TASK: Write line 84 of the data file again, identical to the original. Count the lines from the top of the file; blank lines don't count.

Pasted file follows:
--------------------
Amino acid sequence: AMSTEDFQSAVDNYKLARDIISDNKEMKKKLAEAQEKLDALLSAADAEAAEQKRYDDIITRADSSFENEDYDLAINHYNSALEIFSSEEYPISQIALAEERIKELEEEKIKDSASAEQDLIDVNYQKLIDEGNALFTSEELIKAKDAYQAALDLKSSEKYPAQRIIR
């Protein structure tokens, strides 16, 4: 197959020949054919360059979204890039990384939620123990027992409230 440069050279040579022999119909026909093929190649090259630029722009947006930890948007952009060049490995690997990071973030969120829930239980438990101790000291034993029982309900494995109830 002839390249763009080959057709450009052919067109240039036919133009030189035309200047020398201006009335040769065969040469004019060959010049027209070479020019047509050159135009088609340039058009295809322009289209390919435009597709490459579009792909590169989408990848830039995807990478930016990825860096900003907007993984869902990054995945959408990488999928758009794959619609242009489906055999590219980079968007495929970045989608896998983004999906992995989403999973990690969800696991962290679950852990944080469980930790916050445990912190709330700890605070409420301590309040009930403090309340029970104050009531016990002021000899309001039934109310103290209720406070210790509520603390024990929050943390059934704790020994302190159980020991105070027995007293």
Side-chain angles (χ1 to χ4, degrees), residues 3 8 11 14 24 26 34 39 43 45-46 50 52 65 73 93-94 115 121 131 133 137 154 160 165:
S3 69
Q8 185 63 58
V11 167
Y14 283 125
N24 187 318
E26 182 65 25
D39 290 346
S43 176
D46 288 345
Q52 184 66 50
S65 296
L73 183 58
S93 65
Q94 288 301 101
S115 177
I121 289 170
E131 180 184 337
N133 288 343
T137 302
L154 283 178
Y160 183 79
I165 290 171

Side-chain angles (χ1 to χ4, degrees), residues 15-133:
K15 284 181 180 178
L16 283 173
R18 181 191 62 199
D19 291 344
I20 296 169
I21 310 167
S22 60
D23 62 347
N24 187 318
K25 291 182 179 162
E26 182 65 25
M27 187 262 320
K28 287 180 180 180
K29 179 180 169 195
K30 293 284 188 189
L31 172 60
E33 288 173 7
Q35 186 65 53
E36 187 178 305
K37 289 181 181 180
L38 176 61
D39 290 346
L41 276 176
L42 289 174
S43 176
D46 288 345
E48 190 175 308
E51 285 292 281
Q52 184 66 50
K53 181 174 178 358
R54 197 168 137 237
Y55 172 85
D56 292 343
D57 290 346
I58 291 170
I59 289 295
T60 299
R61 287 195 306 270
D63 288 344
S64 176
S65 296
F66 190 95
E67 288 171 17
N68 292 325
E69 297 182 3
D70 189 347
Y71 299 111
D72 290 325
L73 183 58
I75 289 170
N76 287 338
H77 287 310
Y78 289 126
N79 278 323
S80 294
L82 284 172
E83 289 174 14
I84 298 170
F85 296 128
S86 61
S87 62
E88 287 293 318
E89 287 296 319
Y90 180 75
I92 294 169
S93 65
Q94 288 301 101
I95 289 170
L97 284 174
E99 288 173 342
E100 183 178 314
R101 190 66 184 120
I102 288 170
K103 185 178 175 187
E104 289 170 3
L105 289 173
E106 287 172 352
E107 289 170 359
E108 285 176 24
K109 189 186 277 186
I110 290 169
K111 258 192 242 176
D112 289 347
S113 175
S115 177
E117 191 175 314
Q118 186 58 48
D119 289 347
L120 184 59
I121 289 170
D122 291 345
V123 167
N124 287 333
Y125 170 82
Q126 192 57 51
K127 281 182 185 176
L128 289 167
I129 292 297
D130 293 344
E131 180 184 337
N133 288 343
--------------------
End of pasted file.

I84 298 170